Her relatives say she was dearly loved and was treated just like all her other siblings growing up on the farm. But Mary Perry's mother experienced decades ago what's just becoming commonplace today.

After she fell and broke her hip, Mary Perry's elderly mother, Delia, could no longer physically take care of her 37-year-old daughter. So, Mary Perry went to live at Clover Bottom.

Renee McCormick, Mary Perry's niece, said she remembers her coming to visit the family when she was little.

"She touched my heart years ago," Renee McCormick said. "She didn't want to leave her mother."

Being a small child herself, McCormick could relate to the feeling. After a while, Mary Perry got used to her new surroundings and didn't want to go back home.

A lovely, lively lady

At Clover Bottom, Mary Perry came to be known by employees as the "Queen of the Clinch Home," after the dorm where she lived. She liked to spend her days relaxing on a recliner and looking at pictures in fashion magazines, Lin said.

"She is a very lovely lady," Lin said. "Always smiles. Always says, 'I love you.' "

But she had a wild side, too. "She was just constantly flying around in that wheelchair," Dale Perry said. "Something sparkled with her."

Mary Perry has slowed down of late. She suffered several mini-strokes and though she's conscious and moving her arms, she's not talking, Lin said. Last week, Mary Perry moved to a nursing home in McMinnville. She was reunited with her only living sibling, a sister, who also lives in the nursing home.

"We don't know how much time we have with her," Dale Perry said. "It could be a week. It could be six weeks."

But Dale Perry said he wouldn't put it past his aunt to surprise them all.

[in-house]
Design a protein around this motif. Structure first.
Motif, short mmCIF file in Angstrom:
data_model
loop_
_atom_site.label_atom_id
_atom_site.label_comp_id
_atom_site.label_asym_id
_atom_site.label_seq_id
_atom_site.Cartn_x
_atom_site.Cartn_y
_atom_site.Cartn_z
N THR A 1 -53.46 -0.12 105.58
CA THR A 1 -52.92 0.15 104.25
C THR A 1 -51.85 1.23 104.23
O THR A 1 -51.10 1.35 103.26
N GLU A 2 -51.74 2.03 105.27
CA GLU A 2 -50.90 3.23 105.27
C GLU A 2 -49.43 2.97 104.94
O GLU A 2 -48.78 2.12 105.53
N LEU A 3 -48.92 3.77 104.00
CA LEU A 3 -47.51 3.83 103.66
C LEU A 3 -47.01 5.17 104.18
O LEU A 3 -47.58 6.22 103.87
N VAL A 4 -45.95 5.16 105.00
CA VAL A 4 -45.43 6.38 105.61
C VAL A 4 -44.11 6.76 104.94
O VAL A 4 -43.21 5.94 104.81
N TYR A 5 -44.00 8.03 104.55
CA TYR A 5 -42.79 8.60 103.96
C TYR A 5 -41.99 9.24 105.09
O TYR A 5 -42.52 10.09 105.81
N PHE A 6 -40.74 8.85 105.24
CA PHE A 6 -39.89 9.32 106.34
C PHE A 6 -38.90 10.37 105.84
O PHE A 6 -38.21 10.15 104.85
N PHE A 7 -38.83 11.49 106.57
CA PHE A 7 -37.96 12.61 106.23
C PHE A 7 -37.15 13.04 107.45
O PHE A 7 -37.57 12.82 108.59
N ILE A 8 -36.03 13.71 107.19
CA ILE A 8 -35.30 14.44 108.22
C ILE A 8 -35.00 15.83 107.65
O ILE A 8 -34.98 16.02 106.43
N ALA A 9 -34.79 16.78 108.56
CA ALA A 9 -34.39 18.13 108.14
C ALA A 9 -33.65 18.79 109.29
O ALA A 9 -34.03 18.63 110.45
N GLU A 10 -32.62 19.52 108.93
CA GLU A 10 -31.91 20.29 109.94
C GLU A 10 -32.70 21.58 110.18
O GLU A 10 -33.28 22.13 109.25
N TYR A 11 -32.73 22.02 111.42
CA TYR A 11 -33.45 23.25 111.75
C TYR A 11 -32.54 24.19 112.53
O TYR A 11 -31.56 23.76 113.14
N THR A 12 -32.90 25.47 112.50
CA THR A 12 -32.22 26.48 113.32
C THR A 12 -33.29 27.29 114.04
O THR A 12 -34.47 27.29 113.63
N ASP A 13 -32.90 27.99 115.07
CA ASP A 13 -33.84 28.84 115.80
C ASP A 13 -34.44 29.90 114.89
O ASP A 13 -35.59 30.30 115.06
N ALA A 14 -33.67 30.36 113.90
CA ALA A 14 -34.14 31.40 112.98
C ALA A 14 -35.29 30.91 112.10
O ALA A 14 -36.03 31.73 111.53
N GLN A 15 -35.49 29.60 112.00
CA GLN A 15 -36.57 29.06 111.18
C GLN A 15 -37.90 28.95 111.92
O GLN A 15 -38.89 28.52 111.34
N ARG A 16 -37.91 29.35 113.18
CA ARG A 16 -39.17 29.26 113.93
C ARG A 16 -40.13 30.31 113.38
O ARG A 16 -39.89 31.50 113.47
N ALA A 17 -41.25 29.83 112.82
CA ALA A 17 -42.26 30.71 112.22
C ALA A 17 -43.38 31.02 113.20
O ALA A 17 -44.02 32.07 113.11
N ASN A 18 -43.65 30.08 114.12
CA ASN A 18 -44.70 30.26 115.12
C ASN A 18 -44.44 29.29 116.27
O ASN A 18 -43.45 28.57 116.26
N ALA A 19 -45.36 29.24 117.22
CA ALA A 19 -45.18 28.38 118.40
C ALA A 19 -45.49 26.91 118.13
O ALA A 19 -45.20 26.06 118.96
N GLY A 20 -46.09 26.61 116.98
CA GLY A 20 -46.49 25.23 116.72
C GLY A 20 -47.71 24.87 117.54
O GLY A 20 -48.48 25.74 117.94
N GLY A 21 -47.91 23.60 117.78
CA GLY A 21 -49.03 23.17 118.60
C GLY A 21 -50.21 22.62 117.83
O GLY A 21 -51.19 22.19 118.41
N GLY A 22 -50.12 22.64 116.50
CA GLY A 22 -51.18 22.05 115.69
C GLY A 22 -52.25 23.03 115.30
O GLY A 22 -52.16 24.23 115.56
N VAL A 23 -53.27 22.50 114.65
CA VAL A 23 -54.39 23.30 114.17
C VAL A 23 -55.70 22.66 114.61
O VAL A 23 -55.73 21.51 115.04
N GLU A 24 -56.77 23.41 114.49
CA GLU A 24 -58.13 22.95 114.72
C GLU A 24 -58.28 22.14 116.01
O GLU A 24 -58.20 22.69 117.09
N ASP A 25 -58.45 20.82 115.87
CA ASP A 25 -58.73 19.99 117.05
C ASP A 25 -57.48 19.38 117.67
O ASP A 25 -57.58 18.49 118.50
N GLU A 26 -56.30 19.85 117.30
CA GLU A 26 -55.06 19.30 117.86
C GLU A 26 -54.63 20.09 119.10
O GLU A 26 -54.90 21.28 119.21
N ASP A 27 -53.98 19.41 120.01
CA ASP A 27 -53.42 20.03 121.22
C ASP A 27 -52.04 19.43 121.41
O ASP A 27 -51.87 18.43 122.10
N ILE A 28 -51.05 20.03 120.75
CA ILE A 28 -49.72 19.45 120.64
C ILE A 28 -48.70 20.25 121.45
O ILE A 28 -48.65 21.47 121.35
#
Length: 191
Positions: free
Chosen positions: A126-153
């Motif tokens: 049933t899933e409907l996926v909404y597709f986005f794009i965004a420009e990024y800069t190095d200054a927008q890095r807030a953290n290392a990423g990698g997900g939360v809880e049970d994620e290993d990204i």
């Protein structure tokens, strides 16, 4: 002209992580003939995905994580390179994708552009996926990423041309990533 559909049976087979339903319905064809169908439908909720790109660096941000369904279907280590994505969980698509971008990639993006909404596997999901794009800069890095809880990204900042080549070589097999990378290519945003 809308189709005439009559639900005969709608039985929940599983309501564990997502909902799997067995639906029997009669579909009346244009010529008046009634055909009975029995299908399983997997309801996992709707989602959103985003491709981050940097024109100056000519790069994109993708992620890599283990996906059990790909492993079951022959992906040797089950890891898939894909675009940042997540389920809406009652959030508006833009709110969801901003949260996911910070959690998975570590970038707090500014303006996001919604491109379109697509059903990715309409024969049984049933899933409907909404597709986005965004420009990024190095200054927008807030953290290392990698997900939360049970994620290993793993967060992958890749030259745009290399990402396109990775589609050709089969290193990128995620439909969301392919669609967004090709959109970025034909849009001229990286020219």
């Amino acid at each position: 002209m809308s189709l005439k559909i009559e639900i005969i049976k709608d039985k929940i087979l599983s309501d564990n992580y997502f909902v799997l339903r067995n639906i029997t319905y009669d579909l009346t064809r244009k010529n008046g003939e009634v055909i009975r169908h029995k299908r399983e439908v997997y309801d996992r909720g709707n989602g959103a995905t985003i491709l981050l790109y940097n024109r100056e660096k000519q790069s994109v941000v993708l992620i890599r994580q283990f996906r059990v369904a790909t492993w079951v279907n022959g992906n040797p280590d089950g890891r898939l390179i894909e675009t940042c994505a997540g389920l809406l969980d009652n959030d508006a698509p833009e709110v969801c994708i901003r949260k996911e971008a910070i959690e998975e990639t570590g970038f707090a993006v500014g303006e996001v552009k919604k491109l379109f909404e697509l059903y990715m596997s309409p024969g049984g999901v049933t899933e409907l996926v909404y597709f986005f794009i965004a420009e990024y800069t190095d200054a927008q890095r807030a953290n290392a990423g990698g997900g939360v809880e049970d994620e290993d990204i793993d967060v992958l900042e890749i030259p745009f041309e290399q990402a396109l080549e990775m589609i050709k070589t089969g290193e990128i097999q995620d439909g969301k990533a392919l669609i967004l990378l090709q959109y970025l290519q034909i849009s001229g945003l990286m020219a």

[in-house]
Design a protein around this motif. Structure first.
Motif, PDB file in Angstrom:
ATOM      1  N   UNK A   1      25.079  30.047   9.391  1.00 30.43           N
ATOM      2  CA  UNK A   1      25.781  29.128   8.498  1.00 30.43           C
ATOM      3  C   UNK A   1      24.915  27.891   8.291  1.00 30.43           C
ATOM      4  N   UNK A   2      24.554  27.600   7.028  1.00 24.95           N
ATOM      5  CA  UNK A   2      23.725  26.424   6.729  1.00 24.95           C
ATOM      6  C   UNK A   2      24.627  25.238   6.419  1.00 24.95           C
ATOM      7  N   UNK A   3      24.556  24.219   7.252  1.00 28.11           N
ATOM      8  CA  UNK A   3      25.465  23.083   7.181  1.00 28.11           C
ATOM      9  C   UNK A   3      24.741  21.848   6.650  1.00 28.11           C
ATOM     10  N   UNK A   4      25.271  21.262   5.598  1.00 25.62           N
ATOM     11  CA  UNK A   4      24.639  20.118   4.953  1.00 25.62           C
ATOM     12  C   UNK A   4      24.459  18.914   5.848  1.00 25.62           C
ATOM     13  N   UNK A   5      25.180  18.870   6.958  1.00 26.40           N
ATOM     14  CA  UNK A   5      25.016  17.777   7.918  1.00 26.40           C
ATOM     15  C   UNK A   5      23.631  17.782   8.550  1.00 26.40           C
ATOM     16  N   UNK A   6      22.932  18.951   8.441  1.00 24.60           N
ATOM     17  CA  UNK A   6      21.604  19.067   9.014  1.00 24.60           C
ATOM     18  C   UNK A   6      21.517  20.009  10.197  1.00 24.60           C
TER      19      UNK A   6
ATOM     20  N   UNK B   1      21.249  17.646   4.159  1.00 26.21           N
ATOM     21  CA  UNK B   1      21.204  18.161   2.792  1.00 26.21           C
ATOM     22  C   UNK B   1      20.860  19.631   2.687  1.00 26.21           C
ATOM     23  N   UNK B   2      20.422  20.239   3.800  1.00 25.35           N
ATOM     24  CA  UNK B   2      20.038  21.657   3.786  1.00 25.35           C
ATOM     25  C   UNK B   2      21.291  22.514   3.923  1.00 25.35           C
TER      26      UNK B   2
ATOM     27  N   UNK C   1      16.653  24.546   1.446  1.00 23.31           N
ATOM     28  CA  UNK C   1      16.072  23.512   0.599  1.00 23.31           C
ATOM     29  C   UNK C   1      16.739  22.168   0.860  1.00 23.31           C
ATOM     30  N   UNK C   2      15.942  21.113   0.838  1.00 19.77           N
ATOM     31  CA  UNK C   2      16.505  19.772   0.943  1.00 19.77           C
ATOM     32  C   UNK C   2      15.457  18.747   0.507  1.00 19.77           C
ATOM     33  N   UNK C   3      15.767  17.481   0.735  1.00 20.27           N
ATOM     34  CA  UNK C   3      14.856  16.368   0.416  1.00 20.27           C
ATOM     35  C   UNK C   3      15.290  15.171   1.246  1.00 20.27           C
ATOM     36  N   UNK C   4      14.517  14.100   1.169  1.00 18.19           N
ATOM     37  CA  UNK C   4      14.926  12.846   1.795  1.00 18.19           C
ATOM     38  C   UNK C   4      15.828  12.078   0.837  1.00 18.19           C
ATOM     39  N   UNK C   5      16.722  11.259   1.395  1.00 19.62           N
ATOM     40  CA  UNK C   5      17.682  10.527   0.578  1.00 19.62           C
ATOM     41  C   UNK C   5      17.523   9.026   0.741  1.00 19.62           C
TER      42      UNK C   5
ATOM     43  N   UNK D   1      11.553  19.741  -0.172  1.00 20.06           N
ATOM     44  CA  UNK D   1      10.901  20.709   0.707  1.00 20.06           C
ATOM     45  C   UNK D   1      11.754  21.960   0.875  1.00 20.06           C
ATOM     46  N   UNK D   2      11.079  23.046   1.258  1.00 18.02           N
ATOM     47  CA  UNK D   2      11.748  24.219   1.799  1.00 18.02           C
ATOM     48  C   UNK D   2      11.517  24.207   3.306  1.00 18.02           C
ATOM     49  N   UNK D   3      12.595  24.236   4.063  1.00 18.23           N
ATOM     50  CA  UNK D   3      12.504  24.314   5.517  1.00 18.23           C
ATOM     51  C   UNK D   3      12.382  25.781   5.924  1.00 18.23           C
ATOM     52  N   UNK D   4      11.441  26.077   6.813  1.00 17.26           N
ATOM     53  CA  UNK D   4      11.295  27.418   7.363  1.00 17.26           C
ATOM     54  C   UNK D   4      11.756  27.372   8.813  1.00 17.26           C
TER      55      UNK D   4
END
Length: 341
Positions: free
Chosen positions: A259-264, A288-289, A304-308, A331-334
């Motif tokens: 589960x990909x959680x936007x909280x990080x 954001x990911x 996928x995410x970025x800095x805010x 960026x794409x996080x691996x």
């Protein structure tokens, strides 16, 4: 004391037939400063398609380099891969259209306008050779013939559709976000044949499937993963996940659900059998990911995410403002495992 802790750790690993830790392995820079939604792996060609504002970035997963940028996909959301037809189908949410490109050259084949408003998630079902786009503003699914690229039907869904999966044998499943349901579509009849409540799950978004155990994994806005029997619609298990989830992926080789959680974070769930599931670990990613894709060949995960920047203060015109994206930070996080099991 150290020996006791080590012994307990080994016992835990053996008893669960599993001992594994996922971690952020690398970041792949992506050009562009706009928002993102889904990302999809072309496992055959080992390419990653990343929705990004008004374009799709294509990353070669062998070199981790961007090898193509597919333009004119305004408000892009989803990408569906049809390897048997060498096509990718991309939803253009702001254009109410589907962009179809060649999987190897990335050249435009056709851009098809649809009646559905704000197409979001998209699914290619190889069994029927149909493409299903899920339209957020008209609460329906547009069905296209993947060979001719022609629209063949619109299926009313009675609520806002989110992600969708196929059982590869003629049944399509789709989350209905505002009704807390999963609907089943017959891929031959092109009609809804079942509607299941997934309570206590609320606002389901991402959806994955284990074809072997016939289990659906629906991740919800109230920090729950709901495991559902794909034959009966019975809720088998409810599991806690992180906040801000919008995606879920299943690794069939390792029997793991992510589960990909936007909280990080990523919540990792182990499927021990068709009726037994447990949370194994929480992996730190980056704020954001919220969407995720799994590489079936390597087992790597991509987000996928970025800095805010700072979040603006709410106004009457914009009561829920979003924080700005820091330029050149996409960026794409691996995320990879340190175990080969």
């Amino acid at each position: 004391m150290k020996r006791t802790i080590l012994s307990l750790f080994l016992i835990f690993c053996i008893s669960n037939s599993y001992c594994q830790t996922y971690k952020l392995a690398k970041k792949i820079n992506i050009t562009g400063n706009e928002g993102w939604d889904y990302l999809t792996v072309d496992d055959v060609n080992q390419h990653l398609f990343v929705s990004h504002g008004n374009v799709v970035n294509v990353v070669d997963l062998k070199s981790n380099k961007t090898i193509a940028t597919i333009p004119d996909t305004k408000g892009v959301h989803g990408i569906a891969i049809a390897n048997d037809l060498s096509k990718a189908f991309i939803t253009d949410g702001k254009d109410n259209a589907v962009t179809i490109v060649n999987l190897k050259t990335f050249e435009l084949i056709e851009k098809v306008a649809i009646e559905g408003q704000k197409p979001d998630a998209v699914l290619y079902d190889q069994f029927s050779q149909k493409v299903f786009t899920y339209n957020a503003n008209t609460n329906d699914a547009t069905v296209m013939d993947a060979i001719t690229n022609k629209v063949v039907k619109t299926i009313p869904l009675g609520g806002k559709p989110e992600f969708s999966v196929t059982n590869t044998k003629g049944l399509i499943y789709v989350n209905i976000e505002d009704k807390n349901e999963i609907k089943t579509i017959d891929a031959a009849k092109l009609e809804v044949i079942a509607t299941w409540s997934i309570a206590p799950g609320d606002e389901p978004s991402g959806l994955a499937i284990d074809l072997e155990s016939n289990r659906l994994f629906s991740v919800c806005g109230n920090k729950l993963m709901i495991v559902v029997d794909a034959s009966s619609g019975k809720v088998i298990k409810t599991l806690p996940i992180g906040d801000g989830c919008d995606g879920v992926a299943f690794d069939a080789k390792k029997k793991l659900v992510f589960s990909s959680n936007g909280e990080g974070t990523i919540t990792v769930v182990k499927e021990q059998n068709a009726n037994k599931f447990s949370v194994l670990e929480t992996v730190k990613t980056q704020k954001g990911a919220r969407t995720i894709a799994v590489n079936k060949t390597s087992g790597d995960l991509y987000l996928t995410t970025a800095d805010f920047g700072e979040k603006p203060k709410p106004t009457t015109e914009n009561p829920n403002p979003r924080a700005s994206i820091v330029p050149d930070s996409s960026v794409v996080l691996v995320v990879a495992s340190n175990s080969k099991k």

Wednesday, May 21, 2008

Sorry haven't been around too much . . .

Sorry I haven't posted more on here. We have been very busy lately with many things right now. We are really trying to finish writing the book and we have also been busy dealing with moving (we will be moving to Oklahoma the end of Summer, Lord willing).

More later . . .
~ Qadoshyah

In-Utero Vitamin B6 Deficiency

I just happened to be looking through PubMed (yep, something I like to do every few months ;)) and ran across this abstract about a Vit. B6 deficiency in-utero. Thought it was interesting.


Pyridoxine-related metabolite concentrations in normal and Down syndrome amniotic fluid.

Baggot PJ, Eliseo AJ, DeNicola NG, Kalamarides JA, Shoemaker JD.

Hollywood Presbyterian Medical Center, Los Angeles, CA, USA. pjbaggot@hotmail.com

INTRODUCTION: Some studies of children with Down syndrome have found mild abnormalities in the metabolism of pyridoxine (vitamin B(6)); therefore the present question is whether such abnormalities might also be present in the amniotic fluid of fetuses with Down syndrome. MATERIALS AND METHODS: Archived specimens of amniotic fluid were obtained from chromosomally normal and from fetuses with Down syndrome. Gas chromatography/mass spectrometry quantitized B-related metabolites, including oxalate, xanthurenate, kynurenine and 4-pyridoxic acid. RESULTS: Oxalate, a marker of pyridoxine deficiency, was elevated in the amniotic fluid of fetuses with Down syndrome. This result was statistically significant. The other marker results were not statistically significant. CONCLUSION: A marker of pyridoxine deficiency, oxalate is elevated in the amniotic fluid of fetuses with Down syndrome. These results in amniotic fluid are consistent with previous studies done in the urine of young children. (c) 2008 S. Karger AG, Basel.